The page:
The New Lincoln School began in 1917 as the Lincoln School, under the aegis of Columbia Teachers College, created by the Rockefeller-funded General Education Board, as “a pioneer experimental school for newer educational methods.” Tuition was $200–$300 ($4,041.84–$6,062.77 today).
The school rejected the formalism and tradition prevalent in education of the era. Greek, Latin, formal grammar, and algebra went out the window, replaced by hands-on learning, field trips, community service, and abstract thinking in fields like industry, civics, science, aesthetics, finance, government, agriculture.
John D. Rockefeller, Jr. sent his kids to this co-ed school.
In 1941, this hugely popular school, visited by thousands of teachers around the world every year, merged with the Horace Mann School for Girls. Teachers and parents were quite upset by this turn of events, so much so they went to court. Their case eventually went to the Court of Appeals.
This new combined school closed in 1946, and parents created the New Lincoln School in response. They didn’t want their kids to lose the benefits of individualised instruction, experimental education, and progressive pedagogy.
The New Lincoln School set up shop at 31 West 110th St., formerly the 110th St. Community Center, an eight-story building with a swimming pool in the cellar. Though it recently underwent renovations, more were necessary to improve the library, labs, classrooms, and cafeteria. Today it houses the soon-to-be-closed Lincoln Correctional Facility.
The Lower School, K–2, moved to the former Boardman School at East 82nd St. in 1956. Then, in 1974, the entire school moved to 210 East 77th St. Finally, in autumn 1988, New Lincoln merged with Walden School (more about that on the W day) at West 88th St. and Central Park West to become the New Walden Lincoln School.
The East 77th St. building has been used by Birch Wathen Lenox School since 1989. They’re a co-ed college prep school serving K–12.
Teachers were called by their forenames, and seating was informal. Small groups and individual research were highly encouraged, and the arts predominated. Students were treated as individuals, not monolithic cogs who had to learn a certain way on a certain schedule. Math and science were taught more traditionally than liberal arts, though there were still small groups according to skill level.
In 1991, the school closed and gave the building to The Day School, formerly The Day School of the Church of the Heavenly Rest, now the Trevor Day School.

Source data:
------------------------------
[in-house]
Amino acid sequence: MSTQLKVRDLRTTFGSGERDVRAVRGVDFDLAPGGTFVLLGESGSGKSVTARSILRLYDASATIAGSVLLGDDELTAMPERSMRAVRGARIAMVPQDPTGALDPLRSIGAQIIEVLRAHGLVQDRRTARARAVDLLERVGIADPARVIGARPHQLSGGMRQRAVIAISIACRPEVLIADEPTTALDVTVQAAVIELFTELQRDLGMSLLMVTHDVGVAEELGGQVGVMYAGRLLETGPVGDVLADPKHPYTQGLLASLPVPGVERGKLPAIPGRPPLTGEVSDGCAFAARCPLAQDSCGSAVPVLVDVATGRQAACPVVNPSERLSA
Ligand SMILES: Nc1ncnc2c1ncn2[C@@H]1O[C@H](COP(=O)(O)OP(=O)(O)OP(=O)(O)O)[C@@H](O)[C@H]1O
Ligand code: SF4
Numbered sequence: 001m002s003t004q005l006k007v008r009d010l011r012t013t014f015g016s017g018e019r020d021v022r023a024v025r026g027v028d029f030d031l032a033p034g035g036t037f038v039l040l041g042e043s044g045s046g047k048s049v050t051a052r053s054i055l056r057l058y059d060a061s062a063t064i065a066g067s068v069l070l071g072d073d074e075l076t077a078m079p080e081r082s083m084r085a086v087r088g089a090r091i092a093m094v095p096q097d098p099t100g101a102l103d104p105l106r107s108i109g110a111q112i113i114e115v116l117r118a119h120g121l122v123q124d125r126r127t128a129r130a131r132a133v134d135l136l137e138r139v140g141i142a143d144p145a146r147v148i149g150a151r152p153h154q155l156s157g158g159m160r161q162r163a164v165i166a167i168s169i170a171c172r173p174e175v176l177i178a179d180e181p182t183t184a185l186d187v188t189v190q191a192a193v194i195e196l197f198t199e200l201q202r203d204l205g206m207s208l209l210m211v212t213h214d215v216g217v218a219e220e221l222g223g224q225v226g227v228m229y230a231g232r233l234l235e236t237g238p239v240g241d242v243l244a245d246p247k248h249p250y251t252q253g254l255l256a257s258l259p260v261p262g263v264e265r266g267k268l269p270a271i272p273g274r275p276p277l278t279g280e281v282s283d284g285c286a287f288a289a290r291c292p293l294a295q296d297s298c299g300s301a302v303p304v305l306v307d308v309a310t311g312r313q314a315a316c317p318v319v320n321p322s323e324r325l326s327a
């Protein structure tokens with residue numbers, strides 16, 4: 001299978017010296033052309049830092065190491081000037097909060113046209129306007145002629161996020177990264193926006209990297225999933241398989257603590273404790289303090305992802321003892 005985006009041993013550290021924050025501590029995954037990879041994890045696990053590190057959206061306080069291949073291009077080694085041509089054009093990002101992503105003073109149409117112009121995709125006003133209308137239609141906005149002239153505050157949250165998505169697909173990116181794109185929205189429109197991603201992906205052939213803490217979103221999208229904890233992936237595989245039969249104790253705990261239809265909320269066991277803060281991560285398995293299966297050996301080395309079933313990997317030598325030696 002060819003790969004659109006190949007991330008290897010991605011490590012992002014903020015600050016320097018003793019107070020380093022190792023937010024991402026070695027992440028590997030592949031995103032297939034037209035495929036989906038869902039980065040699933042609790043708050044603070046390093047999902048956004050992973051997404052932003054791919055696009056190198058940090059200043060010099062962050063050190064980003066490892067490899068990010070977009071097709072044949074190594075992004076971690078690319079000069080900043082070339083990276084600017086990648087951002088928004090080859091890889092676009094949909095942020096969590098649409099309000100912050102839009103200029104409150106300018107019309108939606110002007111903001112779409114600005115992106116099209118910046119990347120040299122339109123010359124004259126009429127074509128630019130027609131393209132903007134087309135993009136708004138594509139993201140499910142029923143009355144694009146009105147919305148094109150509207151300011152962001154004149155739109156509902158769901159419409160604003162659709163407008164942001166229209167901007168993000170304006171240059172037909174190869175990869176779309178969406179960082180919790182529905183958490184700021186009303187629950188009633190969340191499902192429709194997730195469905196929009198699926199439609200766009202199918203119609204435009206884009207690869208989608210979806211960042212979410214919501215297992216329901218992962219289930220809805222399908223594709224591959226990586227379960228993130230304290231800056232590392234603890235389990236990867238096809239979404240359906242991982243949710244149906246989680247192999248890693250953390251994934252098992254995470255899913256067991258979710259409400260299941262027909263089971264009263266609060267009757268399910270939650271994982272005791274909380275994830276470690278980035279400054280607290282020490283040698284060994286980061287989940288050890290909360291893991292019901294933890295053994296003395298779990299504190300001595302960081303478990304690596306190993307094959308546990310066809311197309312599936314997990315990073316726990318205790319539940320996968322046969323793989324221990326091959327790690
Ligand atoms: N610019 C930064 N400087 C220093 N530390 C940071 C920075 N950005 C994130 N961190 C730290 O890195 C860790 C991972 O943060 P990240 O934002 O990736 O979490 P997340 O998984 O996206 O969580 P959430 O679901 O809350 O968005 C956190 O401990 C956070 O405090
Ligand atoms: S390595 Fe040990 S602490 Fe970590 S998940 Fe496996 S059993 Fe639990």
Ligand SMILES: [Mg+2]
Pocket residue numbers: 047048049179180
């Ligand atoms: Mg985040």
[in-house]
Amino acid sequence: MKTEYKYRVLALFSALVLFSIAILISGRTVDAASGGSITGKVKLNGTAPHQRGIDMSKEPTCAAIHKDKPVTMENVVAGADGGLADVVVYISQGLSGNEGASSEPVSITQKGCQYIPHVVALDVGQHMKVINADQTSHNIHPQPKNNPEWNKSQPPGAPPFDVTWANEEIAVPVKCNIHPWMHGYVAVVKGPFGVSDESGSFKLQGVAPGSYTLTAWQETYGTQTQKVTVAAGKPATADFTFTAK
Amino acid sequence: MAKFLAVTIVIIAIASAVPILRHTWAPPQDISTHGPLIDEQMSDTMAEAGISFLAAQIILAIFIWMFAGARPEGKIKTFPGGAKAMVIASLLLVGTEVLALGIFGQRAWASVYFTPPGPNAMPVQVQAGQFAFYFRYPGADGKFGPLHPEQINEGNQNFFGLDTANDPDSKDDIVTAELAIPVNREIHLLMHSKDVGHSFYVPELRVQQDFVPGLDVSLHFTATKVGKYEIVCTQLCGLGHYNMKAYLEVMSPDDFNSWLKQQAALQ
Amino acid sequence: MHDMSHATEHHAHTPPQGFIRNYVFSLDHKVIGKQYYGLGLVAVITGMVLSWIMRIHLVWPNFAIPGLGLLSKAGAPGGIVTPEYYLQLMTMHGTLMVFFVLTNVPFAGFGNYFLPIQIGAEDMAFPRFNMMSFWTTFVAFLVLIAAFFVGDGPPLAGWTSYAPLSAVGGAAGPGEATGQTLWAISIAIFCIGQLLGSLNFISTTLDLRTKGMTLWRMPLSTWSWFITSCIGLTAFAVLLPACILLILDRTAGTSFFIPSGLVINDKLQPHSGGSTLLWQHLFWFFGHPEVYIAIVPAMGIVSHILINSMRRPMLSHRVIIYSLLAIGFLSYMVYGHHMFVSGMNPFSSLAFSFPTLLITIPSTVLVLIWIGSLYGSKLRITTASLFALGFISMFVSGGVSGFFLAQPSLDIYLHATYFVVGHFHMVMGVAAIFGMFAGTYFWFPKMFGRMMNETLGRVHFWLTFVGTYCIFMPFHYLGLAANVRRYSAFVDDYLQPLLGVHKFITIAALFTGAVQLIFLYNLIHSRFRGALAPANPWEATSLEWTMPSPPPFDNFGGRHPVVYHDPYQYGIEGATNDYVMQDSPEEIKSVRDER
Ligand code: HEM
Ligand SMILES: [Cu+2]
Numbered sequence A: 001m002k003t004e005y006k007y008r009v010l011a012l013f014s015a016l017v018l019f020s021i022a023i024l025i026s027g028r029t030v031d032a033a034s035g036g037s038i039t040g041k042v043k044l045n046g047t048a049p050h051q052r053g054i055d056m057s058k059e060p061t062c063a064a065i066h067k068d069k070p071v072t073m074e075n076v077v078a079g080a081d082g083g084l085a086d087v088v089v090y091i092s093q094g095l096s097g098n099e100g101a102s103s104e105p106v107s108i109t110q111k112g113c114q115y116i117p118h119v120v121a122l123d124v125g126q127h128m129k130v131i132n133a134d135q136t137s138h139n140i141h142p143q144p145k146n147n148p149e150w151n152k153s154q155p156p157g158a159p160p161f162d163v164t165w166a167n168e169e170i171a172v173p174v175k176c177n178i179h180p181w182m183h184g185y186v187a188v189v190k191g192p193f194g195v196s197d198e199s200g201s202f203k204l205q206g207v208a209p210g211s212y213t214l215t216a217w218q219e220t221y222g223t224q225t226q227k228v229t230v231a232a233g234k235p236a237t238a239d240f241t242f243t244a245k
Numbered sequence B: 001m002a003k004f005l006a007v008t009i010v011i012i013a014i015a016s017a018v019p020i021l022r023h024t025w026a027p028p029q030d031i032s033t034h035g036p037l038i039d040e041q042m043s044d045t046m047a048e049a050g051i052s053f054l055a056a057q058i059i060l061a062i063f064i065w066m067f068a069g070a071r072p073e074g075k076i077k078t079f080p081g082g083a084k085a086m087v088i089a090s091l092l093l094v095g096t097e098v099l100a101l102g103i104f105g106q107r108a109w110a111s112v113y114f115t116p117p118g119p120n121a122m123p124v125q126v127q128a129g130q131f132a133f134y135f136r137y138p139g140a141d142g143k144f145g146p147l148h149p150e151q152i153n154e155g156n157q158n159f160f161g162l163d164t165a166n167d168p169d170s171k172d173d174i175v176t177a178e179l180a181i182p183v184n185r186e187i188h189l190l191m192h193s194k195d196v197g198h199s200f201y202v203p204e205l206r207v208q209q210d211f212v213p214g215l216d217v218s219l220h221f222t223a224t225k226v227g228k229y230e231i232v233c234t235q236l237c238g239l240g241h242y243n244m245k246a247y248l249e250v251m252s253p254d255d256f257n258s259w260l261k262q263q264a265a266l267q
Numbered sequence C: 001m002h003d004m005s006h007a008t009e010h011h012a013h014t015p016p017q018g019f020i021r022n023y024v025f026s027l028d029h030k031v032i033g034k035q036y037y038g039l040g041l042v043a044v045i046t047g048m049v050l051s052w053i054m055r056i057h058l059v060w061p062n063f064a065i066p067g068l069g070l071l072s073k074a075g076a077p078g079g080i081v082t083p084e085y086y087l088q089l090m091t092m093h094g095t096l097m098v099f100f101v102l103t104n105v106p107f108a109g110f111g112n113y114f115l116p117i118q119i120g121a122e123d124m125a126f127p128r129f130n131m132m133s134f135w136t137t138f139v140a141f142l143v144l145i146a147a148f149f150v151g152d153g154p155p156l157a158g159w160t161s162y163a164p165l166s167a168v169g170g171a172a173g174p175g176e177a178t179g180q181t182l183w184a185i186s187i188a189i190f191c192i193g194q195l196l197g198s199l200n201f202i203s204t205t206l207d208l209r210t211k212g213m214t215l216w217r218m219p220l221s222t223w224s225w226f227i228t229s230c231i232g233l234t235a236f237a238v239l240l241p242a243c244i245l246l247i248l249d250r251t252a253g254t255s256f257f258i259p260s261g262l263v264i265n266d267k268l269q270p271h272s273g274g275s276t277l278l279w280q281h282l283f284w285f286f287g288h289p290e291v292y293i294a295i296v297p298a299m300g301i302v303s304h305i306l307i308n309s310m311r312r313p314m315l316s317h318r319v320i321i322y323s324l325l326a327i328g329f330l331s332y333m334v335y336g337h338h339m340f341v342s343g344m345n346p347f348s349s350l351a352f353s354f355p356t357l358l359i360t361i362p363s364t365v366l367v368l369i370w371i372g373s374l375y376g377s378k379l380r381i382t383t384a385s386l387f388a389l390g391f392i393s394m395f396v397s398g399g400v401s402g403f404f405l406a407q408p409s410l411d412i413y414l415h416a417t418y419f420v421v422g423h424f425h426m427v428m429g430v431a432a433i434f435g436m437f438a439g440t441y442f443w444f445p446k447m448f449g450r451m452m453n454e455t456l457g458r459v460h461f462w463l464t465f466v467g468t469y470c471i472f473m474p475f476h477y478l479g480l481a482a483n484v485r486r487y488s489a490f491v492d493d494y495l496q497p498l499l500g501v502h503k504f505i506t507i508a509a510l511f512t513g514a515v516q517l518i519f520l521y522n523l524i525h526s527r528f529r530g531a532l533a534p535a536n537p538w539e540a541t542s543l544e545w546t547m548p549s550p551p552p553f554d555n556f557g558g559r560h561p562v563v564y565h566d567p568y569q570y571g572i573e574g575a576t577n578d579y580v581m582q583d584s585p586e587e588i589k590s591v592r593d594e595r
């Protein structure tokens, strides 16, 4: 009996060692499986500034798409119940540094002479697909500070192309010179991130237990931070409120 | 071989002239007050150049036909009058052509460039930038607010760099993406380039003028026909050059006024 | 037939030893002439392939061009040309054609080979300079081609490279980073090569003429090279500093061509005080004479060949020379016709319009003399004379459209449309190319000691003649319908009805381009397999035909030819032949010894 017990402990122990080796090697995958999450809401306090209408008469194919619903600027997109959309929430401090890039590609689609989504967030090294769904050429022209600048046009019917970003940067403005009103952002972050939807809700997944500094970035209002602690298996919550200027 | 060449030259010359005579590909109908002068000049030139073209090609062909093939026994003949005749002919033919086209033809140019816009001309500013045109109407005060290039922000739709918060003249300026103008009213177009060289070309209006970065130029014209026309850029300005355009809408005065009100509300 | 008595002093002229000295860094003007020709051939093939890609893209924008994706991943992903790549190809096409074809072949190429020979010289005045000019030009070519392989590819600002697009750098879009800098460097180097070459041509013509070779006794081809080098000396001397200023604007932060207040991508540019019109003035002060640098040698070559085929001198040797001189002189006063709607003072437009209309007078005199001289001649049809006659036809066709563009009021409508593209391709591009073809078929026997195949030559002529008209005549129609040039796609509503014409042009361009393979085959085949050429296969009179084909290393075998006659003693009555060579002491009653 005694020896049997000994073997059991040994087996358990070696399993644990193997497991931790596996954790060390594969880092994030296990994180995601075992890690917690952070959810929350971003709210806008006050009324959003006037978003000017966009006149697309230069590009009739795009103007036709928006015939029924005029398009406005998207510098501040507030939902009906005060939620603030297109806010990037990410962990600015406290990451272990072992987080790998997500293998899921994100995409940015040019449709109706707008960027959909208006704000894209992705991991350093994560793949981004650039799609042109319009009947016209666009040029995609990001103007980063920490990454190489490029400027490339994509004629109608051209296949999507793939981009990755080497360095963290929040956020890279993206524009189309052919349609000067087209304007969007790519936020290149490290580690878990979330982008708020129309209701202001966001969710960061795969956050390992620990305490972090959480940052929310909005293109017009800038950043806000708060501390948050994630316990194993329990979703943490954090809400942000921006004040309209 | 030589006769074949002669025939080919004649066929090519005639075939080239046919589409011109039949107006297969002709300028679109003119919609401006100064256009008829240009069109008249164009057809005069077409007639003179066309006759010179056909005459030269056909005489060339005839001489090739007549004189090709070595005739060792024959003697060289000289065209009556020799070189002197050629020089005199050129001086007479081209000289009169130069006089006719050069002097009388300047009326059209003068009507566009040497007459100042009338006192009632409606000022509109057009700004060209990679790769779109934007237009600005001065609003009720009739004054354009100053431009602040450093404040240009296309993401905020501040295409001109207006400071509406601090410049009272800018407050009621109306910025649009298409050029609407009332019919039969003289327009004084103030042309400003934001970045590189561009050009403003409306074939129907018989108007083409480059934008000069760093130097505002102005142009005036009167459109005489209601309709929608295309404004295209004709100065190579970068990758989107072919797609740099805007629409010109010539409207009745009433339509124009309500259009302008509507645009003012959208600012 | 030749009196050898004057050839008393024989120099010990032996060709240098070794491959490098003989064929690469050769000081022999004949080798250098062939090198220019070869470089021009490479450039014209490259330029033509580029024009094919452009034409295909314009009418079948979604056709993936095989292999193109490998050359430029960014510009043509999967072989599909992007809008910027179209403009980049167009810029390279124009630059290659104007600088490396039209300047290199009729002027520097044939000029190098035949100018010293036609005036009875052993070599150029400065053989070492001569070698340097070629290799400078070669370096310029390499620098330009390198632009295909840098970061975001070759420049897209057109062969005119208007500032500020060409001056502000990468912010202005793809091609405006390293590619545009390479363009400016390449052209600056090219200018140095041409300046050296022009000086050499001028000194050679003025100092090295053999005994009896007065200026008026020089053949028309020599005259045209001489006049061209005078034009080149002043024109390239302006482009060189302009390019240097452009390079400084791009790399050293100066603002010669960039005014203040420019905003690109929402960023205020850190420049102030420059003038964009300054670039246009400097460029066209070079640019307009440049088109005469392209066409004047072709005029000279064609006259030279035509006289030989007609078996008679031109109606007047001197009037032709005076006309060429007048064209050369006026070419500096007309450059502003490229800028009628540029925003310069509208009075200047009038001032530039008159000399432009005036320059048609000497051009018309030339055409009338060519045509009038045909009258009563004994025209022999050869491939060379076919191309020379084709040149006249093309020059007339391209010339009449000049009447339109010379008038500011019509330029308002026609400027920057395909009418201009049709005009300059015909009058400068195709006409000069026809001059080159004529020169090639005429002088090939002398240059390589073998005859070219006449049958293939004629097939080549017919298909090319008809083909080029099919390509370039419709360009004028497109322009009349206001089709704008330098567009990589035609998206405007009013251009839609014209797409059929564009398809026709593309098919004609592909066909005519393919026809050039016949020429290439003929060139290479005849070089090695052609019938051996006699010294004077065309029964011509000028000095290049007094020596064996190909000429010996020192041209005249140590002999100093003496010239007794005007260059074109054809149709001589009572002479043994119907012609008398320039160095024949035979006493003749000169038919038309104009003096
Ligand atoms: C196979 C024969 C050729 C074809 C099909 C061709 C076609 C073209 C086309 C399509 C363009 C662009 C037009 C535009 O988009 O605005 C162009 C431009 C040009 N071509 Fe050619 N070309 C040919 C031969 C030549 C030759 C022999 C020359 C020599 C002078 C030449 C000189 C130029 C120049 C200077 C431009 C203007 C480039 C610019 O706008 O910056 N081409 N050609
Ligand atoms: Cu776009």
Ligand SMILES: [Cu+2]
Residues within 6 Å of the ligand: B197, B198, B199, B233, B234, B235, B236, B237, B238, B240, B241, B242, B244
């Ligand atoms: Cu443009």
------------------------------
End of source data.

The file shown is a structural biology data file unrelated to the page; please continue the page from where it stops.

My characters Tarmo and Meri Lindmaa transfer to New Lincoln from a Russian Orthodox church school after their English improves. Their father wants them to have a progressive education with a semblance of traditional structure and curriculum.
The New York Institute for the Education of the Blind was founded in 1831 by Dr. Samuel Akerly, Dr. John Dennison Russ, and Quaker philanthropist Samuel Wood. It originally was on Manhattan’s Canal St.
Mr. Wood was a rich schoolbook publisher who worked as a teacher till age forty. In his sixties, he was moved to create a school for blind children. He’d seen blind children in poorhouses thirsty to learn but with bleak futures, and he wanted to rectify that. Mr. Wood also must’ve known of Boston’s famous Perkins School for the Blind, founded in 1829.
Dr. Akerly, superintendant and attending physician of the New York Institution for the Deaf, had actively developed teaching methods for Deaf students, and wanted to do the same for the blind. Towards this end, he joined up with Mr. Wood and fifteen others to petition the State Legislature to create a blind school.
The school was granted, but only permitted for children. Dr. Akerly wanted all ages to benefit.
The school began in a private home on Canal St., with three orphan boys from a poorhouse. Two months later, the school added three more boys and moved to Mercer St. By 1833, there were ten more students, including four girls. The next year, there were 26 students, some from New Jersey.
Eventually Dr. Akerly got his wish of enrolling adults. When future Pres. Grover Cleveland worked there with his brother William in 1853–54, there were students up to age 25. Neither were trained teachers, and remembered their time there as the bleakest of their lives.
Though the school continued attracting students, pay and food were poor and the buildings damp and cold. A sadistic superintendant also make life miserable for everyone.
The school later moved to 34th St. and Ninth Avenue, which was quite remote in that era. Most people lived far downtown, and Midtown and Upper Manhattan were rural and undeveloped. In 1924, the school moved to Pelham Parkway in the Bronx, where it remains to this day.
Over the years, the school expanded its focus to children with other kinds of disabilities, and in 1986, it was renamed the New York Institute for Special Education.
My character Dea Vodnik attends this school. She was named for the blind leading lady of Victor Hugo’s The Man Who Laughs.